Applied Cryptography, Second Edition: Protocols, Algorthms, and Source Code in C (cloth)
(Publisher: John Wiley & Sons, Inc.)
Author(s): Bruce Schneier
ISBN: 0471128457
Publication Date: 01/01/96

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Synchronous stream ciphers also protect against any insertions and deletions in the ciphertext, because these cause a loss of synchronization and will be immediately detected. They do not, however, fully protect against bit toggling. Like block ciphers in CFB mode, Mallory can toggle individual bits in the stream. If he knows the plaintext, he can make those bits decrypt to whatever he wants. Subsequent bits will decrypt correctly, so in certain applications Mallory can still do considerable damage.

Insertion Attack

Synchronous stream ciphers are vulnerable to an insertion attack [93]. Mallory has recorded a ciphertext stream, but does not know the plaintext or the keystream used to encrypt the plaintext.

     Original plaintext:    p1 p2 p3 p4 ...
     Original keystream:    k1 k2 k3 k4 ...
     Original ciphertext:   c1 c2 c3 c4 ...

Mallory inserts a single known bit, p’, into the plaintext after p1 and then manages to get the modified plaintext encrypted with the same keystream. He records the resultant new ciphertext:

New plaintext:           p1    pp2    p3    p4    ...
Original keystream:      k1    k2    k3    k4    k5    ...
Updated ciphertext:      c1    c2   c3   c4   c5      ...

Assuming he knows the value of p’, he can determine the entire plaintext after that bit from the original ciphertext and new ciphertext:

k2 = c2p’, and then p2 = c2k2
k3 = c3p2, and then p3 = c3k3
k4 = c4p3, and then p4 = c4k4

Mallory doesn’t even have to know the exact position in which the bit was inserted; he can just compare the original and updated ciphertexts to see where they begin to differ. To protect against this attack, never use the same keystream to encrypt two different messages.

9.8 Output-Feedback Mode

Output-feedback (OFB) mode is a method of running a block cipher as a synchronous stream cipher. It is similar to CFB mode, except that n bits of the previous output block are moved into the right-most positions of the queue (see Figure 9.11). Decryption is the reverse of this process. This is called n-bit OFB. On both the encryption and the decryption sides, the block algorithm is used in its encryption mode. This is sometimes called internal feedback, because the feedback mechanism is independent of both the plaintext and the ciphertext streams [291].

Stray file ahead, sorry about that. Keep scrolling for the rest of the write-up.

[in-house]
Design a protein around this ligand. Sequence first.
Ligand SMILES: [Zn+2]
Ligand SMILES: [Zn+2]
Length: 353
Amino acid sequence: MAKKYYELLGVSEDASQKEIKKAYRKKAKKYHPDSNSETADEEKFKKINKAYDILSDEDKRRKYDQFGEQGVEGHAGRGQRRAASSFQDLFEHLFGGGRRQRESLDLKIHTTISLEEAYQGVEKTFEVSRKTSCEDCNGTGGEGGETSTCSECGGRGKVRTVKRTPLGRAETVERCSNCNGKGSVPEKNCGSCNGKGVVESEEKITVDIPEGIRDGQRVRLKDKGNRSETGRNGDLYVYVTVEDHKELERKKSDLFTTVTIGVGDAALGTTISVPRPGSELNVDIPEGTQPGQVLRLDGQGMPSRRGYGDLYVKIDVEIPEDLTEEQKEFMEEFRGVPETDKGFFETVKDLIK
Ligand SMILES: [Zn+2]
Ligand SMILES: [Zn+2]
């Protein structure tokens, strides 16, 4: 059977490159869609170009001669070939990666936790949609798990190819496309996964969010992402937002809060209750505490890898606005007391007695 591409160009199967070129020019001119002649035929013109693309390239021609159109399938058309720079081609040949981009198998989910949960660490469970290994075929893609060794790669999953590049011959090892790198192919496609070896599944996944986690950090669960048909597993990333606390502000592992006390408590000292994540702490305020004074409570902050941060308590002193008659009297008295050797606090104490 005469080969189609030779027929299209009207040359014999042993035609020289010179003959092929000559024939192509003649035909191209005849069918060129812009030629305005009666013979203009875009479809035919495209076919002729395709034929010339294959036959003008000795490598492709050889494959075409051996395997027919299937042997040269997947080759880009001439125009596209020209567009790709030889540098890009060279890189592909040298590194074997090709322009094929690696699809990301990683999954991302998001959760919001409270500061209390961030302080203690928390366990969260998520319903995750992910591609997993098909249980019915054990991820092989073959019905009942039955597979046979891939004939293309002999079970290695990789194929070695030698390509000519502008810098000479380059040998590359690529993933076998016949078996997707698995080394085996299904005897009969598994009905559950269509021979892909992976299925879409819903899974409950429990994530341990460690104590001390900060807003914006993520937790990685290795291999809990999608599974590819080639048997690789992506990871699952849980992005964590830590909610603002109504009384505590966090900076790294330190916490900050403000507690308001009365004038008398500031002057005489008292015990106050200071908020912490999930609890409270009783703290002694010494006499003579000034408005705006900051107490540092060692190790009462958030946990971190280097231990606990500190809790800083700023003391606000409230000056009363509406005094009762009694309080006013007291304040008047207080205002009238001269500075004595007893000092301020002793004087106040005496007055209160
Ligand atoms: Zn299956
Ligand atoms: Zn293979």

If n is the block size of the algorithm, then n-bit OFB looks like (see Figure 9.12):

Ci = PiSi; Si = EK(Si-1)
Pi = CiS1; Si = EK(Si-1)

Figure 9.11  8-bit output-feedback mode.

Si is the state, which is independent of either the plaintext or the ciphertext.

One nice feature of OFB mode is that most of the work can occur offline, before the plaintext message even exists. When the message finally arrives, it can be XORed with the output of the algorithm to produce the ciphertext.

Initialization Vector

The OFB shift register must also be initially loaded with an IV. It should be unique but does not have to be secret.

Error Propagation

OFB mode has no error extension. A single-bit error in the ciphertext causes a single-bit error in the recovered plaintext. This can be useful in some digitized analog transmissions, like digitized voice or video, where the occasional single-bit error can be tolerated but error extension cannot.

On the other hand, a loss of synchronization is fatal. If the shift registers on the encryption end and the decryption end are not identical, then the recovered plaintext will be gibberish. Any system that uses OFB mode must have a mechanism for detecting a synchronization loss and a mechanism to fill both shift registers with a new (or the same) IV to regain synchronization.

Figure 9.12  
n-bit OFB with an n-bit algorithm.

Security Problems with OFB

An analysis of OFB mode [588,430,431,789] demonstrates that OFB should be used only when the feedback size is the same as the block size. For example, you should only use a 64-bit algorithm in 64-bit OFB mode. Even though the U.S. government authorizes other feedback sizes for DES [1143], avoid them.

OFB mode XORs a keystream with the text. This keystream will eventually repeat. It is important that it does not repeat with the same key; otherwise, there is no security. When the feedback size equals the block size, the block cipher acts as a permutation of m-bit values (where m is the block length) and the average cycle length is 2m- 1. For a 64-bit block length, this is a very long number. When the feedback size n is less than the block length, the average cycle length drops to around 2m/2. For a 64-bit block cipher, this is only 232—not long enough.

Stream Ciphers in OFB

A stream cipher can also run in OFB mode. In this case, the key affects the next-state function (see Figure 9.13). The output function does not depend on the key; very often it is something simple like a single bit of the internal state or the XOR of multiple bits of the internal state. The cryptographic complexity is in the next-state function; this function is key-dependent. This method is also called internal feedback [291], because the feedback mechanism is internal to the key generation algorithm.

In a variant of this mode, the key determines just the initial state of the keystream generator. After the key sets the internal state of the generator, the generator runs undisturbed from then on.

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